It’s a question we all ask ourselves. If we could go back, would we? Can we ever have a "do over"? For me that "do over" concerned the city of Prague.

Prague, thanks to its beauty, history, culture, exceptional food scene and, let’s be honest, cheap and excellent beer was host to more than seven million tourists in 2023. For our family, for three years during the pandemic, it was home.

Prague is where I learned I was unexpectedly, joyfully pregnant. It’s where I first heard my baby’s heartbeat and held him in my arms in the same hospital where Reinhard Heydrich died after his assassination in 1942. A city where, even with a new-born, I wrote a book, two TV scripts and countless articles as though the city’s literary ghosts from Kafka to Milan Kundera were whispering to me not to rest on my laurels or, indeed, my maternity leave.

But it is also where, three days after I found out I was pregnant, the first case of Covid was reported in the Czech Republic and a hard lockdown followed. We experienced a period of near homelessness while we tried to find someone willing to rent a flat to foreigners. And, when our baby arrived - in a foreign hospital banned from visitors - our marriage, formerly as stoic in the face of crisis as a Czech grandma, crumbled with such alarming speed that my husband and I almost divorced. In Prague, I almost died from a rare one in 500,000 illness, had life-saving surgery, got sick again and was medically gaslit until I was left with no option but to return home to Scotland.

The Prague streets I knew were empty of tourists for much of the time. Instead, our’s was a local affair, wandering supermarkets listening to people quietly complain about rising food prices, paediatrician appointments, bumping a pram endlessly over snowy cobble streets to get a fractious baby to sleep, medical tests and ICU centres, hosting a wonderful Ukrainian woman in the wake of the Russian invasion - we weren’t alone, as of 2023 the Czech Republic hosted the most displaced Ukrainians per capita in Europe. Adopting our elderly dog and, finally, the crushing disappointment of having to leave when I realised I needed more specialised medical treatment.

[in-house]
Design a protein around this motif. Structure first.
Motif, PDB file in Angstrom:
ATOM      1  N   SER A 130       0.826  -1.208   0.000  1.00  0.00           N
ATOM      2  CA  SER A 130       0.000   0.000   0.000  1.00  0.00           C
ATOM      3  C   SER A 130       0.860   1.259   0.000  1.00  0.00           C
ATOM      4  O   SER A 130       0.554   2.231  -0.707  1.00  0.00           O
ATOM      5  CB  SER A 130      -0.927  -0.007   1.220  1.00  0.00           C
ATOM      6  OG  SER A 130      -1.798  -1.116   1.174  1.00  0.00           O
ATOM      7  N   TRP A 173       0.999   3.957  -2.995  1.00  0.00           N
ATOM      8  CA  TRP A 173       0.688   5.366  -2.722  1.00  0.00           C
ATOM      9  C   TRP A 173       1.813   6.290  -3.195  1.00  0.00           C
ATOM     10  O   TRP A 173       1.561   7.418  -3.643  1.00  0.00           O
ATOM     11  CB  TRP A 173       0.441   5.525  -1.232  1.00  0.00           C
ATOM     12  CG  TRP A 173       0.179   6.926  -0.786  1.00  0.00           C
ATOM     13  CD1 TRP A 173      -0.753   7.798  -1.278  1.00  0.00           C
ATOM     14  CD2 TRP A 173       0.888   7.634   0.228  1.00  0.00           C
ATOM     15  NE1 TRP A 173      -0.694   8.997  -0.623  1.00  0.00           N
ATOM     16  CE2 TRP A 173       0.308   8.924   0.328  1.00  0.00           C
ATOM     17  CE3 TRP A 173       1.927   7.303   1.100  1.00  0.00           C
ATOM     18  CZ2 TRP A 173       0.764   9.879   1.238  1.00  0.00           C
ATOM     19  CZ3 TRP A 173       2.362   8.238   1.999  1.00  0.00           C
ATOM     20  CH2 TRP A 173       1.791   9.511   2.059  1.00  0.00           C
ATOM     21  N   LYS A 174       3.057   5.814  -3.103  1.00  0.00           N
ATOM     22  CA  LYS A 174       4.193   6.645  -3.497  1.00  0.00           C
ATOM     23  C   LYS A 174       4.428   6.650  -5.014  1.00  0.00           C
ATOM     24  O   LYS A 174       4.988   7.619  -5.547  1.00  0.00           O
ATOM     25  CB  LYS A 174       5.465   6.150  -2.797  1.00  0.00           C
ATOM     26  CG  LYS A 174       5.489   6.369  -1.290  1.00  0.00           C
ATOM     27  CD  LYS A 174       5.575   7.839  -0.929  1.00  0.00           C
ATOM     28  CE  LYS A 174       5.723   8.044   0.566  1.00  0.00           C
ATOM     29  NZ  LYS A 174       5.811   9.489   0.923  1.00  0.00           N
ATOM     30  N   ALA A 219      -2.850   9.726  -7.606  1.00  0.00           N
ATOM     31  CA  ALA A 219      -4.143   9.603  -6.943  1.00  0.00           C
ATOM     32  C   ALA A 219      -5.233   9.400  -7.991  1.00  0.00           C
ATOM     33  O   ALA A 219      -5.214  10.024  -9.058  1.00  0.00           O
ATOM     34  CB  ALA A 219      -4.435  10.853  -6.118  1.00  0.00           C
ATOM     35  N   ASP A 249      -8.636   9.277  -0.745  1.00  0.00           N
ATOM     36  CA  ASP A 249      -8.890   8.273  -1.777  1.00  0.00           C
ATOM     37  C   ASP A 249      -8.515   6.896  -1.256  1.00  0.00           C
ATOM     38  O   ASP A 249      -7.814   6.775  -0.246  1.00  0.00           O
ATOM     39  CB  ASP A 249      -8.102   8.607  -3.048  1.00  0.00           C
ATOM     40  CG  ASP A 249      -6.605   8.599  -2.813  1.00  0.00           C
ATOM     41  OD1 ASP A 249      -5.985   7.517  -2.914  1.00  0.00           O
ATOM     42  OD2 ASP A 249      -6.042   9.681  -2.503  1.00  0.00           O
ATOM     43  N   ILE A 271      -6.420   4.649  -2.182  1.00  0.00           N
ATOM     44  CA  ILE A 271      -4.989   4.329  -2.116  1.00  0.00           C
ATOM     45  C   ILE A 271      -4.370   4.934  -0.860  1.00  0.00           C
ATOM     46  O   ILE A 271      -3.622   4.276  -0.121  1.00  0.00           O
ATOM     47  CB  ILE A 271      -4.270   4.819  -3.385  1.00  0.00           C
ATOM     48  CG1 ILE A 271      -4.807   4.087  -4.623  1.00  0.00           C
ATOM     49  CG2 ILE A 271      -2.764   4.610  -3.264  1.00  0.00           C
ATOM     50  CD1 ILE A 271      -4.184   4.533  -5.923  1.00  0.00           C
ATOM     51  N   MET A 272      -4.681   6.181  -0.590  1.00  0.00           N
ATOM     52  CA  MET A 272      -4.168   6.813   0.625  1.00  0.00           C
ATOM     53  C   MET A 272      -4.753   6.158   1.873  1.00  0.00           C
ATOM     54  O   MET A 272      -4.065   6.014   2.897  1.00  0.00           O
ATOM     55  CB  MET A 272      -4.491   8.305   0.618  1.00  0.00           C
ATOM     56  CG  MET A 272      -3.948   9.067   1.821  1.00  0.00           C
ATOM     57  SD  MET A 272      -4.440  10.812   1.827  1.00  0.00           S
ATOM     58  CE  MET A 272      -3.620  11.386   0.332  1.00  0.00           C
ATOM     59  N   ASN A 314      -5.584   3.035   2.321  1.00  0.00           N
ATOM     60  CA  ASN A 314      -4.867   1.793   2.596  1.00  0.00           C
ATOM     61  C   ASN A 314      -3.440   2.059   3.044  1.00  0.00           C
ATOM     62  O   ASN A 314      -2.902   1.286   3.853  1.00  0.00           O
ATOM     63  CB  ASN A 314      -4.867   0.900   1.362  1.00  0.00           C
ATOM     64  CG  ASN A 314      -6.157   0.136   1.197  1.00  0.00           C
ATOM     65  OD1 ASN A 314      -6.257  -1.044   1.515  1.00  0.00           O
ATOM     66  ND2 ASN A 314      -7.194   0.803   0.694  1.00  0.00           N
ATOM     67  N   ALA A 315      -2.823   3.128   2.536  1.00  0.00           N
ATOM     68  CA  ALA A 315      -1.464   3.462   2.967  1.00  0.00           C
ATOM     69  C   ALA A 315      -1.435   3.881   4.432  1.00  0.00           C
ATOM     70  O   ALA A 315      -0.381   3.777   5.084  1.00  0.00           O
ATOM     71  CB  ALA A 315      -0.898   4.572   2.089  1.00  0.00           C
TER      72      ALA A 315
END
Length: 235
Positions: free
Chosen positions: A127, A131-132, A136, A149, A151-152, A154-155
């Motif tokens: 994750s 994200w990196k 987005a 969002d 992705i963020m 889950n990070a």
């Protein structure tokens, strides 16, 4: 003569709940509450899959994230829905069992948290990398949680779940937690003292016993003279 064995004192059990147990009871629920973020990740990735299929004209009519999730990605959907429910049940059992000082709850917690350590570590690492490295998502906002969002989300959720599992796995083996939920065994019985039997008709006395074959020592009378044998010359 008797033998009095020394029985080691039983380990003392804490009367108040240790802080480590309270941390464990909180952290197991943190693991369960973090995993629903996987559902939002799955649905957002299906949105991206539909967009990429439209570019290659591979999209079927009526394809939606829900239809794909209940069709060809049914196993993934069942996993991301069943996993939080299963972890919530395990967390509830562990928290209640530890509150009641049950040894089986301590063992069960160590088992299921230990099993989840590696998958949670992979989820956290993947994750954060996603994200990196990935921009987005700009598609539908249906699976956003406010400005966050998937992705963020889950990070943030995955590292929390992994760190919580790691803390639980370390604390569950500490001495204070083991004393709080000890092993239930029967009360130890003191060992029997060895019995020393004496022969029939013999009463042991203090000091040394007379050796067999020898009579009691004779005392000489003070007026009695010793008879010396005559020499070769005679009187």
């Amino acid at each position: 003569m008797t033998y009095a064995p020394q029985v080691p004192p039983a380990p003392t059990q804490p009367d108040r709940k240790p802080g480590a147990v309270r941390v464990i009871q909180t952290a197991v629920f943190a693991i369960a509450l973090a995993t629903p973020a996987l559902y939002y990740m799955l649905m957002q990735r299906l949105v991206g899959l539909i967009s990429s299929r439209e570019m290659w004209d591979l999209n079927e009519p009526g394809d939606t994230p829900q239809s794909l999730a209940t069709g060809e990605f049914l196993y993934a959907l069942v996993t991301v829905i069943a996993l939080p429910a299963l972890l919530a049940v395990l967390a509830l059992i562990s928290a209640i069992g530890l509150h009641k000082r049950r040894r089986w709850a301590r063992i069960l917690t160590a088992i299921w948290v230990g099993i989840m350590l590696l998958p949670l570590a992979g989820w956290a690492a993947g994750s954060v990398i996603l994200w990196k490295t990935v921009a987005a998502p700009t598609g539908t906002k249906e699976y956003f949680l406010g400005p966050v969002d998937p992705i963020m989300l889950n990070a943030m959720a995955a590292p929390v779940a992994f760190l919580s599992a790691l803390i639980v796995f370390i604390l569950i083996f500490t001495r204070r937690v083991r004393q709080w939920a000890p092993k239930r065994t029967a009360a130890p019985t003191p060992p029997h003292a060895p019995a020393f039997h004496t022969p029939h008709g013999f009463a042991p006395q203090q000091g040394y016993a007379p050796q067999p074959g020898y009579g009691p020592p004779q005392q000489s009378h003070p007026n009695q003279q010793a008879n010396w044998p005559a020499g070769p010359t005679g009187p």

"I just wish we could experience it all again but fresh," I told my husband. And, God love him (because we did sew our marriage back together and even stronger) he replied: "OK let’s do it."


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That’s how we found ourselves in Prague as tourists. We stayed at the Andaz, with the slightly lofty sub-heading "a concept by Hyatt". Of course I came with my cynicism and working-class chip extra chippy. But I can say hand on heart it’s the nicest hotel I’ve ever stayed in.

Every time I thought I had an "‘ah-ha, this is all fur coat and no knickers" moment, I was righted by the exquisite design, all of which was by local artisans and artists. One night, in the women’s loos of the cocktail bar where I’d just had a tiny affordable cocktail, adorned with literal iridescent rainbow drops of oil, I overheard a woman saying "Everything is just so nice, they’ve thought of every single thing…" and I rushed out of my cubicle to concur: "Are you talking about the hotel? I know, right. It’s honestly amazing." 

The location was special too, in prime position in Prague’s Old Town, just minutes from the Astronomical Clock and for us it had special significance. Over breakfast in the private dining room of the Winter Garden suite I realised we could see right into the doctor’s office who, three years prior, listened to my breathing and told me authoritatively that it was simply asthma. A misdiagnosis which set the dominoes falling until my emergency surgery at Motol University Hospital. Facing the hotel is one of Prague's best and most beautifully-designed art cinemas, Edison Filmhub, where in the wake of my shattering marriage I had one too many glasses of wine while watching the film Baby Teeth, decided that sure, I could write stories like that too, and then emerged to an email inviting me to write a script for the BBC, my bluff fully called.

The Herald: Inside the Andaz hotelInside the Andaz hotel (Image: Kerry Hudson)

We did return to our 1936 apartment building across the Vltava River and stood under the magnolia tree serendipitously in bloom for just a few weeks. We saw an old neighbour and touched our wooden mailbox, still going strong and covered in the scratches and fingerprints of all the previous residents of the last eight decades. Our babysitter came to spend time with our little boy and Peter and I did things we rarely did as new parents during a pandemic, namely, hitting up, and feeling positively ancient, at an electronic gig at the river island community collective, Fuchs2 and then up the Zizkov TV Tower to a bar which has something of the mob wife aesthetic about it but astounding sweeping views of Prague.

In fact, we did a lot of things we’d never done as residents. We took a river cruise and visited a "beer museum": a pub resplendent with both a ubiquitous stag do and a dizzying array of Pilsners. We even waited with all the clamouring tourists for the Astronomical Clock to chime and watched its 12 Apostles dance.

Did we go back as tourists? Not really. Every street was woven through with our memories, good and bad. We were too familiar with the city, knowing which corner shop, or potraviny, you could buy an excellent homemade samosa from, right next to the Andaz coincidentally, or which pharmacy, in a pinch, would make your non-Czechia-approved anxiety medication made from scratch.

What we got was even better than a tourist experience. A city of significance and meaning for us with all the extra gilding of new experiences and those little luxuries you allow yourself on holiday. I discovered it’s always worth going back, even if you can’t have a "do over"’.